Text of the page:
Beastie Boys’ Mike D & Adrock Publish Open Letter To Goldieblox [Updated]


The Beastie Boys recently found themselves in a war of words with Goldieblox, a San Francisco-area start-up that makes toys and games designed to encourage girls to learn about science and technology, saying they say did not seek the band’s permission to parody its song “Girls” in an online parody video. Mike D and Adrock have issued the following statement:

Like many of the millions of people who have seen your toy commercial “GoldieBlox, Rube Goldberg & the Beastie Boys,” we were very impressed by the creativity and the message behind your ad.
We strongly support empowering young girls, breaking down gender stereotypes and igniting a passion for technology and engineering.

As creative as it is, make no mistake, your video is an advertisement that is designed to sell a product, and long ago, we made a conscious decision not to permit our music and/or name to be used in product ads. When we tried to simply ask how and why our song “Girls” had been used in your ad without our permission, YOU sued US.

Update, November 28: Goldiebox has removed the song from its “Girls” video and has called off its bizarre legal action. Here is a statement issued on the company’s blog:

Dear Adam and Mike,

We don’t want to fight with you. We love you and we are actually huge fans.

When we made our parody version of your song, ‘Girls’, we did it with the best of intentions. We wanted to transform it into a powerful anthem for girls. Over the past week, parents have sent us pictures and videos of their kids singing with pride, building their own Rube Goldberg machines in their living rooms and declaring an interest in engineering. It’s been incredible to watch.

Our hearts sank last week when your lawyers called us with threats that we took very seriously. As a small company, we had no choice but to stand up for ourselves. We did so sincerely hoping we could come to a peaceful settlement with you.

We want you to know that when we posted the video, we were completely unaware that the late, great Adam Yauch had requested in his will that the Beastie Boys songs never be used in advertising. Although we believe our parody video falls under fair use, we would like to respect his wishes and yours.

Since actions speak louder than words, we have already removed the song from our video. In addition, we are ready to stop the lawsuit as long as this means we will no longer be under threat from your legal team.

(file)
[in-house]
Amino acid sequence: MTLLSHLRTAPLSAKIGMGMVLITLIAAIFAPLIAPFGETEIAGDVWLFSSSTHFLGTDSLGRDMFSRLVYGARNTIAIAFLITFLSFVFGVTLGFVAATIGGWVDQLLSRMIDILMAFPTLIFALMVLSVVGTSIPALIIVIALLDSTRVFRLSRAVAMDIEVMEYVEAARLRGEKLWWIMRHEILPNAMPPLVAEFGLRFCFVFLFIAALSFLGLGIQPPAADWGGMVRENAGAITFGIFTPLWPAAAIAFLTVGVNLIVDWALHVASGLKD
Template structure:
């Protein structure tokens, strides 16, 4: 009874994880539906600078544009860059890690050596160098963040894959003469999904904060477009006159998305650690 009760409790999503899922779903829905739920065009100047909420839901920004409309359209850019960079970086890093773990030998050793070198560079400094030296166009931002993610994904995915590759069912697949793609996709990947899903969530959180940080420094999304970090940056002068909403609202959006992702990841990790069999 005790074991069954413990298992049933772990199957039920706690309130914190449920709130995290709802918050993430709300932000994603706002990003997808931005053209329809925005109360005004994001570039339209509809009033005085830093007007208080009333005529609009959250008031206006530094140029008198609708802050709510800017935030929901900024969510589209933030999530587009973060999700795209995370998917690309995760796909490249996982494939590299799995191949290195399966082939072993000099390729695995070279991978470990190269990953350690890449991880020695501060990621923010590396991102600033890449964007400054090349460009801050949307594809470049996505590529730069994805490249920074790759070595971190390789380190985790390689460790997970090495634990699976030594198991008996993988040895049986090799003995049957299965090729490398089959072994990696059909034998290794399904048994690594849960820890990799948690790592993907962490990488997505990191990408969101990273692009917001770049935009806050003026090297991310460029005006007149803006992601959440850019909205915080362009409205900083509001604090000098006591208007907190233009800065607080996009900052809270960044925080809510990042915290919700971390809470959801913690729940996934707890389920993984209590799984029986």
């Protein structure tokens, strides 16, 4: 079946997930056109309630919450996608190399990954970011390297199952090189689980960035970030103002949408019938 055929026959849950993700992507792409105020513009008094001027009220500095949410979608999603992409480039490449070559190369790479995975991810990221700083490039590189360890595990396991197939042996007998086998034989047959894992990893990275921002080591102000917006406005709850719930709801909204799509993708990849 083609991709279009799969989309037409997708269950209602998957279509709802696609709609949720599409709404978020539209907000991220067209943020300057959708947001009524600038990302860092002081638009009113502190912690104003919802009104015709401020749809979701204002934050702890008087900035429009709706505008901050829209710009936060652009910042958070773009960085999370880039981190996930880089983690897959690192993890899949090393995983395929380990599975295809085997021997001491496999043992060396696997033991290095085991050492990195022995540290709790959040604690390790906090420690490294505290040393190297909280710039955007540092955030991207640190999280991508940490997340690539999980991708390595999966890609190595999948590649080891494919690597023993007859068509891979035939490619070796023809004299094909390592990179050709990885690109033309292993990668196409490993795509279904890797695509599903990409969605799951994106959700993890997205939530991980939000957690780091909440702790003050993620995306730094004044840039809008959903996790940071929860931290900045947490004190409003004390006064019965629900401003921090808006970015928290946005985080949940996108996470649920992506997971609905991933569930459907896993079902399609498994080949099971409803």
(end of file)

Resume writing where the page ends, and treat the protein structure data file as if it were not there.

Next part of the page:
We don’t want to spend our time fighting legal battles. We want to inspire the next generation. We want to be good role models. And we want to be your friends.


Debbie + Team GoldieBlox

Mike D and Ad-Rock Penning Beastie Boys Book


Michael Diamond (a.k.a Mike D) and Adam Horovitz (Ad-Rock), the surviving members of the Beastie Boys, have signed a deal with Spiegel & Grau, an imprint of the Random House Publishing Group, for a book celebrating the life and times of one of the music world’s most influential and groundbreaking bands. The book is as-yet untitled, but publisher is expected to be release the retrospective in the fall of 2015. Spiegel & Grau’s publisher Julie Grau told the New York Times that the book deal had been discussed with the group in the past but was tabled due to the third Beastie Boy’s Adam Yauch (a.k.a. MCA) diagnosis with cancer of the salivary gland, which sadly resuluted in his death last May.

“After Yauch died, I didn’t push them,” Mr. Janklow said, “but I think that Adam and Mike ended up realizing that it was the right time for them.”

In unrelated news, Mike D has been running a free food truck with friends feeding Hurricane Sandy victims in the Rockaways, serving over 19,000 meals to those affected by the storm six months ago.

Public Enemy’s Chuck D on Music, Politics and Inducting the Beastie Boys Into the Rock and Roll Hall of Fame

Public Enemy are celebrating their 25th anniversary and will be releasing two new studio albums later this year. The iconic hip-hop group have already embarked on an extensive world tour hitting Australia, the U.S. and Europe. The outfit’s frontman Chuck D, who founded and runs; a digital record label (, a social website for classic rap and hip-hop (, and a social platform for female rap artists ( Our Hugh Bohane spoke with Chuck D over the phone about a host of subjects prior to Public Enemy’s tour of Australia.

Hello Chuck?

Is this a good time?
Chuck D: Not really, but it’s the time. I am going to have to be multi-tasking while we do this. [Chuck D is pounding away at his computer, in less than ten days he will fly out to Australia on a tour with Public Enemy.]

Congratulations on an amazing career. What have been some of the best memories of your 25 something years in the game with Public Enemy?

To be able to have traveled the world and to have people come up to you and say “thanks.”

Why does it seem that there are now so few intellectually/socially/politically conscious rappers in the industry today?
There are many. Arrested Development and Heet Mob are just two, to name a few.

You are very outspoken about the unfair imbalance of female representation in hip-hop, who are some female rappers inspiring you at the moment?
That and the disappearing of groups, that’s also, hurt hip-hop a lot. Michie Mee, the female rapper from Canada. Check her out.

You have also cited M.I.A. as a female rapper who inspires you?
She is also very cool.

Many people in Australia have been angrily demonstrating against police brutality after two Aboriginal youths were recently shot in a stolen car by N.S.W. police. Is police brutality in the U.S. still a problem in your opinion?